When you’re looking for a horse property for sale in Tennessee – whether it’s near Franklin, Brentwood, Spring Hill or any other community, you probably already know a thing or two about what you need. However, this guide walks you through the seven things you probably want to watch out for as you’re hunting for the perfect equestrian property.
Guide to Buying a Horse Property for Sale in Tennessee: 7 Things to Watch For
When you’re looking for an equestrian property or ranch, it pays to know what to watch for. These seven things might need to be on your radar:
- The right zoning
- HOA or covenants
- Grazing areas
- Slope and drainage
- Barns or loafing sheds
Here’s a closer look at each.
There’s a big difference between buying a home on a few acres and buying an equestrian property with a home on it. You’ll want to make sure that the home on the property meets your needs, and that it’s close enough to the facilities you’ll use for your horses (such as barns, watering areas and loafing sheds).
While you can always remodel a house later, you have to find something that’s going to meet your needs – at least structurally. Remember, too, that getting a horse ranch up and running is a big job; it might be a while before you get around to working on the house.
#2. The Right Zoning
Every county in Tennessee sets its own zoning restrictions. Some properties are okay for a few horses, but if you want to run a boarding facility and riding stable, you may have to look for a property that’s zoned differently. The key here is working closely with your REALTOR®, who will give you the guidance you need on zoning and restrictions that you need to look for in your property search.
#3. HOA or Covenants
Sometimes plots of land are in subdivided areas that belong to homeowners’ or property owners’ associations. When that happens, the association typically requires you to become one of its members – and there’s nearly always a monthly fee tied to your membership. Additionally, these associations set rules (called covenants) designed to preserve property values, and those rules might govern the numbers and types of animals you’re allowed to keep on the land. Discuss associations, dues and covenants with your REALTOR to make sure you’re buying the right type of horse farm for your needs.
Talk to your real estate agent about the type of water access you’ll need on the property, whether you want something with a well or one that’s connected to the community water supply. If there’s no water access, you’ll have to drill for a well yourself.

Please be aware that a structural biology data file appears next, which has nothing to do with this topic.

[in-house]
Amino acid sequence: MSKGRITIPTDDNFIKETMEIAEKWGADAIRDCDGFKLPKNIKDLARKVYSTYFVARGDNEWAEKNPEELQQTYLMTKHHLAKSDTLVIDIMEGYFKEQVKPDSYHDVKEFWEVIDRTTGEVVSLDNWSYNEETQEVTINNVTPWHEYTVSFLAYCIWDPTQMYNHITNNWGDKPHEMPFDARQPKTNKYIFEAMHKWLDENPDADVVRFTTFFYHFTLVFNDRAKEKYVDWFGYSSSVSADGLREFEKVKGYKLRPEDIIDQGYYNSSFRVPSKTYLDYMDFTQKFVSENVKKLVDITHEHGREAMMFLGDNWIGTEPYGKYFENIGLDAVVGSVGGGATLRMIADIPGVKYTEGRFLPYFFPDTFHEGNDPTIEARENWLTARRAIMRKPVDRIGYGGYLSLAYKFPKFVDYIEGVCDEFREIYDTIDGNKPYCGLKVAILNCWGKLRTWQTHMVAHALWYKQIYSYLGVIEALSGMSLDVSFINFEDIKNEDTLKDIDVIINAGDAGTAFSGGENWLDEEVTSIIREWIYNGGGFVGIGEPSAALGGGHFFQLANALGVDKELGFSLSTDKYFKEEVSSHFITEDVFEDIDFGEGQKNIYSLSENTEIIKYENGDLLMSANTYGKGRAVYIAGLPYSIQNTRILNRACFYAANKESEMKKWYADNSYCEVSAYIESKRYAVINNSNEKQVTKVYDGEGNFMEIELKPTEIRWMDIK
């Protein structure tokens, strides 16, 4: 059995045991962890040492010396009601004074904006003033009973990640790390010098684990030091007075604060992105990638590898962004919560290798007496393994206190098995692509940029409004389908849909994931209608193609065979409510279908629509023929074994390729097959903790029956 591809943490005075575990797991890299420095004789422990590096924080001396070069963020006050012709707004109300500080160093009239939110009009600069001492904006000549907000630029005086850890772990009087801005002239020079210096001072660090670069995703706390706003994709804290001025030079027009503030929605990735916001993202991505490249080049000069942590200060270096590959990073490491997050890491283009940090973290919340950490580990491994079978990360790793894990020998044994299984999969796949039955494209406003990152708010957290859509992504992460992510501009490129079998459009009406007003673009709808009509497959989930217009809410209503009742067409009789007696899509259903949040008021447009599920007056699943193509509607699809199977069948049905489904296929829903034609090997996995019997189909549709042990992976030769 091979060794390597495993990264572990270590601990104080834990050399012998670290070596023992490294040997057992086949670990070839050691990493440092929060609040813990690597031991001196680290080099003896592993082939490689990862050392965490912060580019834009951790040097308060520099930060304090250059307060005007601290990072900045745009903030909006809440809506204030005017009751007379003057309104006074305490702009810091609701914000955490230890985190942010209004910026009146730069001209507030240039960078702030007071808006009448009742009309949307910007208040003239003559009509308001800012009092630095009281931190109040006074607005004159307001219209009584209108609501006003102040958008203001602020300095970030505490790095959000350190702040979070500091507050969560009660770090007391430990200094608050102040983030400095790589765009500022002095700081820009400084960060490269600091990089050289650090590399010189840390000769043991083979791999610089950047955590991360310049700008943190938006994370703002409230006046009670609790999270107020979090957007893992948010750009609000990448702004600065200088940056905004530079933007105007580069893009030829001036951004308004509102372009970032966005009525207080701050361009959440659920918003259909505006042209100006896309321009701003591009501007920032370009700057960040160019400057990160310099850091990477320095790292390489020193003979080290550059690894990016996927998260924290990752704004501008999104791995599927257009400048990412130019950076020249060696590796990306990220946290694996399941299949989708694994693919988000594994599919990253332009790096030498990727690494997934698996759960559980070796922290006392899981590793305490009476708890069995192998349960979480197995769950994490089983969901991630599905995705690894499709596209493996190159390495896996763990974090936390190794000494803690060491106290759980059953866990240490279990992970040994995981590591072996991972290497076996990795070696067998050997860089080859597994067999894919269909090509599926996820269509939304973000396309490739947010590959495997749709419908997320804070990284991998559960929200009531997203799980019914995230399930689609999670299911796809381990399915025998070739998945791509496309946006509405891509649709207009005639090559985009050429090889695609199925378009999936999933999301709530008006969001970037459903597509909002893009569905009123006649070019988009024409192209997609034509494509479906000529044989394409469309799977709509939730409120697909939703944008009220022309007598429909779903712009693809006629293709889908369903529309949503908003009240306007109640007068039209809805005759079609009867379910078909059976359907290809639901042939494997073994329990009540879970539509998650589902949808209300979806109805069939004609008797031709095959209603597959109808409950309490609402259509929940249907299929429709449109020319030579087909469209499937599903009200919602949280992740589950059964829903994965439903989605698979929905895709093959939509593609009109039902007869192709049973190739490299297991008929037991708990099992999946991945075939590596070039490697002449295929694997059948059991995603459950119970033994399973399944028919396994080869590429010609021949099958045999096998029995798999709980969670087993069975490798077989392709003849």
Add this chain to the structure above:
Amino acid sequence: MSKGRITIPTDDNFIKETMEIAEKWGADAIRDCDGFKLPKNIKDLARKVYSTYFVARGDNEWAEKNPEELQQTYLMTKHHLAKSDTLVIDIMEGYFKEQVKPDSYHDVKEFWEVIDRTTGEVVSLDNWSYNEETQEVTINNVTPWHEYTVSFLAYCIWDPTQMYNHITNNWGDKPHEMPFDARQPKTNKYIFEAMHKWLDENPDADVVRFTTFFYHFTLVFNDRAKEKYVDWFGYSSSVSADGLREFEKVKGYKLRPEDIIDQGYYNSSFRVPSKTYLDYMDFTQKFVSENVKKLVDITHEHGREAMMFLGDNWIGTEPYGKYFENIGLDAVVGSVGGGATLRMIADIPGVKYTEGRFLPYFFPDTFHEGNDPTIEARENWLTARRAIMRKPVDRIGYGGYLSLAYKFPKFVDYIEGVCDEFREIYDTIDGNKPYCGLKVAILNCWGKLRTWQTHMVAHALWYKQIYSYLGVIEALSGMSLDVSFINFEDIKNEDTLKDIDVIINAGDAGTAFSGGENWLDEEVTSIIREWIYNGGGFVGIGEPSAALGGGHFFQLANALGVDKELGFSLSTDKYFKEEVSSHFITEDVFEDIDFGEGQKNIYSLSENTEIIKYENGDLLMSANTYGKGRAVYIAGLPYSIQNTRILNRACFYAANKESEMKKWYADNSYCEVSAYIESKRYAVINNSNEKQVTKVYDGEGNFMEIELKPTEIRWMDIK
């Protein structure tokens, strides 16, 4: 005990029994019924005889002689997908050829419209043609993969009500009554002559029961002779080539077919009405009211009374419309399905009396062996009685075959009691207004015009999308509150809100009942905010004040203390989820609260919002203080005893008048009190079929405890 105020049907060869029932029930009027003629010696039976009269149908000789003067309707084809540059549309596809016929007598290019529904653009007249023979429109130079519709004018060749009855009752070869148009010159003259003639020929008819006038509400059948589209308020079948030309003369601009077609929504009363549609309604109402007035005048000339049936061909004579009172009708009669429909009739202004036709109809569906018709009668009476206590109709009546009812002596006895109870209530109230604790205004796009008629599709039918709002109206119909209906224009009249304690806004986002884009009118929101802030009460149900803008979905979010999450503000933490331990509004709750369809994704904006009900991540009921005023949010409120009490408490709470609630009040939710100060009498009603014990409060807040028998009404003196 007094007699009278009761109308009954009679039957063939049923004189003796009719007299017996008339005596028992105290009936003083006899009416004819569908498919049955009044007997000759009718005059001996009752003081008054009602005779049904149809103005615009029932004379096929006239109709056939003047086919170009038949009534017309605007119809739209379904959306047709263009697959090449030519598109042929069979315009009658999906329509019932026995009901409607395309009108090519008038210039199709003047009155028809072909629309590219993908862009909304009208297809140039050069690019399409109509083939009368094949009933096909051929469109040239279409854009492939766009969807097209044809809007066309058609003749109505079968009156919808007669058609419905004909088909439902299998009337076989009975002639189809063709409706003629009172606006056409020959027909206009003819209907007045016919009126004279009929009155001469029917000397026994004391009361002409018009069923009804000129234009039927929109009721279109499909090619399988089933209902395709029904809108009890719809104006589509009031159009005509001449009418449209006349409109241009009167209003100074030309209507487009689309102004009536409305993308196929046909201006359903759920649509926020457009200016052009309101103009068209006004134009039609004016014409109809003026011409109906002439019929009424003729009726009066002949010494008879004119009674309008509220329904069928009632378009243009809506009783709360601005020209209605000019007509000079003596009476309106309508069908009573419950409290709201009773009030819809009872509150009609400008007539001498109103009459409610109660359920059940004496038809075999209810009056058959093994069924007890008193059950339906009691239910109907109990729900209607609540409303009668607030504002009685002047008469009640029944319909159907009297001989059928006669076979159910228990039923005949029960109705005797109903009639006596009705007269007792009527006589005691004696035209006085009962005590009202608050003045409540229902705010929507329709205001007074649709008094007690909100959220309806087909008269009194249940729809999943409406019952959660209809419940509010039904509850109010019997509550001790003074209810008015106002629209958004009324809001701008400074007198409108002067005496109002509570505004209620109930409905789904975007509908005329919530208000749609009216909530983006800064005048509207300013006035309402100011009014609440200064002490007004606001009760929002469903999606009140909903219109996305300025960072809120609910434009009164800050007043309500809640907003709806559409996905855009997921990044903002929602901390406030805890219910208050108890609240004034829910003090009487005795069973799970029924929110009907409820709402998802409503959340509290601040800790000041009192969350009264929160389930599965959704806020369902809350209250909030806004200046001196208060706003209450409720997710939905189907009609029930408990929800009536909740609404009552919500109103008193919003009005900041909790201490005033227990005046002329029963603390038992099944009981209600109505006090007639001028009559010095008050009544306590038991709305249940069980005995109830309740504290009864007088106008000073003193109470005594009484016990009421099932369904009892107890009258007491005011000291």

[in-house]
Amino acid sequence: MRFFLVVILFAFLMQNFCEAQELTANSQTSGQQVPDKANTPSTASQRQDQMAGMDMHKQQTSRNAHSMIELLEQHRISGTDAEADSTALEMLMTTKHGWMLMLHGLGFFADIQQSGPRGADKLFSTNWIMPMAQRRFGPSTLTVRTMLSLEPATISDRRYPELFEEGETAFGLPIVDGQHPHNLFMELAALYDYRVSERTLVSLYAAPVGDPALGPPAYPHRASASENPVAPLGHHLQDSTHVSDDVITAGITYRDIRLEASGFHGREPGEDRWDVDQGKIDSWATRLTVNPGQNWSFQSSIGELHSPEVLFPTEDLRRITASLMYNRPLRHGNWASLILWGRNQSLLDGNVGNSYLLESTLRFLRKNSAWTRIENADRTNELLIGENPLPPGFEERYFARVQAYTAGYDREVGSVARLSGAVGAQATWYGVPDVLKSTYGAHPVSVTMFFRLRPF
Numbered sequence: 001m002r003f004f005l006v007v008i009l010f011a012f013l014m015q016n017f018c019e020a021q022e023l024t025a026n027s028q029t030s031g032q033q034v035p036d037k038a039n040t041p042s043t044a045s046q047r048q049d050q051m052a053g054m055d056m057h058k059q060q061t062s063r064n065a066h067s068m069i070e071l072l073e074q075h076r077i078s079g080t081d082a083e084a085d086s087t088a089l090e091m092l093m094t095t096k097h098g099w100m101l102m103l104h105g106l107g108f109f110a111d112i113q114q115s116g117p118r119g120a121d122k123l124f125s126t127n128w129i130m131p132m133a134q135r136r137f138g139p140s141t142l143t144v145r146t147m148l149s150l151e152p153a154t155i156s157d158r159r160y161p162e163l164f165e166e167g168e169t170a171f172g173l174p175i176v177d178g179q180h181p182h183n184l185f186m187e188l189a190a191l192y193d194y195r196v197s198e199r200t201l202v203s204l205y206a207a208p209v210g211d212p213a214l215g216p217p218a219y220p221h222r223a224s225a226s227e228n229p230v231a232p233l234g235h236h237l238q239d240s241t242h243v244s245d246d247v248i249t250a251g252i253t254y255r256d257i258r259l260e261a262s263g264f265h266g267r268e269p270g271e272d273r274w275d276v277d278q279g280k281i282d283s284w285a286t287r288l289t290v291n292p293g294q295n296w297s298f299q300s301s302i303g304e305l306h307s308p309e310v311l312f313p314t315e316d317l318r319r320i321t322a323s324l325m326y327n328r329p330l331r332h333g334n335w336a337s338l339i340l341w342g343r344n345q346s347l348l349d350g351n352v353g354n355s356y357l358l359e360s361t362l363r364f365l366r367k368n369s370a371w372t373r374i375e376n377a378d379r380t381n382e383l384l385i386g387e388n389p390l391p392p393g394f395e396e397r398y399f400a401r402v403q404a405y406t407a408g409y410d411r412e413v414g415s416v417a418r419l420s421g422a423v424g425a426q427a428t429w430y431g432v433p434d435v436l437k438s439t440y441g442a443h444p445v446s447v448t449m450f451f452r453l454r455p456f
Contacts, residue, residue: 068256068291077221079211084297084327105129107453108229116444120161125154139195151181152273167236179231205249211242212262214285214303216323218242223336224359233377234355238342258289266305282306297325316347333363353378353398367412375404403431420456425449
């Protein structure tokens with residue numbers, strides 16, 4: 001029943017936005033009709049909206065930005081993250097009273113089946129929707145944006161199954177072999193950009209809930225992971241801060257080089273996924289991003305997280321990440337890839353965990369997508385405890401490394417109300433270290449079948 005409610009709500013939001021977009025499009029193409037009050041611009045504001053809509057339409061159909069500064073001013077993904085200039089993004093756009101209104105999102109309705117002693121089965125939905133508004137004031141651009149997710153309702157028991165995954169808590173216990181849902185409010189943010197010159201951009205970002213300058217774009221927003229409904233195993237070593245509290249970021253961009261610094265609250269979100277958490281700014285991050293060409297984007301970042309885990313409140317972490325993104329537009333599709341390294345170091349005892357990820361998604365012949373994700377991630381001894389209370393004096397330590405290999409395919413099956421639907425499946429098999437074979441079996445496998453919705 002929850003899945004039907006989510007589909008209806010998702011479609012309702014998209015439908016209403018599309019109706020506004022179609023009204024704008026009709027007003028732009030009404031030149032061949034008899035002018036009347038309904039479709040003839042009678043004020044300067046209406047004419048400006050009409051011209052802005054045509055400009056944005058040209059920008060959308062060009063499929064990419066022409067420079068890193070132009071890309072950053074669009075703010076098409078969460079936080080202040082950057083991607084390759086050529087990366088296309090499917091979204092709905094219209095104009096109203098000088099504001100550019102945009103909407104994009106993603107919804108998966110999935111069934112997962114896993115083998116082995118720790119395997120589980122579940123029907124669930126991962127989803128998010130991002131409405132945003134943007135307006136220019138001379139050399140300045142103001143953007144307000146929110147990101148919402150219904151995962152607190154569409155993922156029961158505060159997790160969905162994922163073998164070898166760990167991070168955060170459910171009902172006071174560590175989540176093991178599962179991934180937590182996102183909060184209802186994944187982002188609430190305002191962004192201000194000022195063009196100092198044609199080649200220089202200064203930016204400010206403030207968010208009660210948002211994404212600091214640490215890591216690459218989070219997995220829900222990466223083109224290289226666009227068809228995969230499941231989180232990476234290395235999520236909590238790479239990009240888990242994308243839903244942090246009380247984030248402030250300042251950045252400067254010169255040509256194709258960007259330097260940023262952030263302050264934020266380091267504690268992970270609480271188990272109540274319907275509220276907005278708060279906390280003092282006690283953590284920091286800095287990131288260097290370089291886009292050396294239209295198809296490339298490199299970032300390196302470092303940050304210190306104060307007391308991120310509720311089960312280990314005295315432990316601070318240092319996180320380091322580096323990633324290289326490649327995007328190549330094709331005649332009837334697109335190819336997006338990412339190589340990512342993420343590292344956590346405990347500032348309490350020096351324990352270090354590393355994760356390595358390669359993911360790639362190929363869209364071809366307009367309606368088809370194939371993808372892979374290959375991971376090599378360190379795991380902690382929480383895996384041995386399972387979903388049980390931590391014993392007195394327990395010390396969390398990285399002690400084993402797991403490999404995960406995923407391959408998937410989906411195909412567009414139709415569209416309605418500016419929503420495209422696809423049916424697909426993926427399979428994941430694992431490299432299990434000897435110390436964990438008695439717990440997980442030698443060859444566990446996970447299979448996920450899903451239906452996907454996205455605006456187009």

Pro tip: Equestrian properties require a lot of water, so it can get expensive if you’re connected to the community water supply. Sometimes it’s better to buy a property with a well or to drill a well yourself.
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#5. Grazing Areas
Like water access, grazing areas are essential to running a horse property in Tennessee. Most farms already include grassy pastures, but when you’re searching for this type of land, you definitely need to plan for your needs 5, 10 or even 20 years down the road. You don’t want the size of your property to limit your decisions in the future.
#6. Slope and Drainage
Slope and drainage are just as important as water and grazing areas. The property you choose should already have adequate drainage – but if it doesn’t, you can still purchase it. You’ll just need to hire professionals or rework the land yourself to ensure your horses aren’t forced to stand around in mud.
#7. Barns or Loafing Sheds
Shelter for your horses is always a big concern, so you might look for a property that already has a barn, stable and loafing sheds. If you find the perfect piece of land, though, you might be willing to build those yourself – just remember that it takes time. The most important thing is to let your REALTOR know how much you’re able to spend, what you expect from a property and what kind of leeway you have in your budget for properties that don’t meet your original specifications.
Are You Looking for a Horse Property in Tennessee?
If you’re searching for the perfect place to share with your horses – whether you have a handful or an entire herd – we can help.
Call us at 615-973-0020 or 615-973-0010 to tell us what you’re looking for in a Tennessee horse property. You can also fill out the form below and we’ll get back to you right away.
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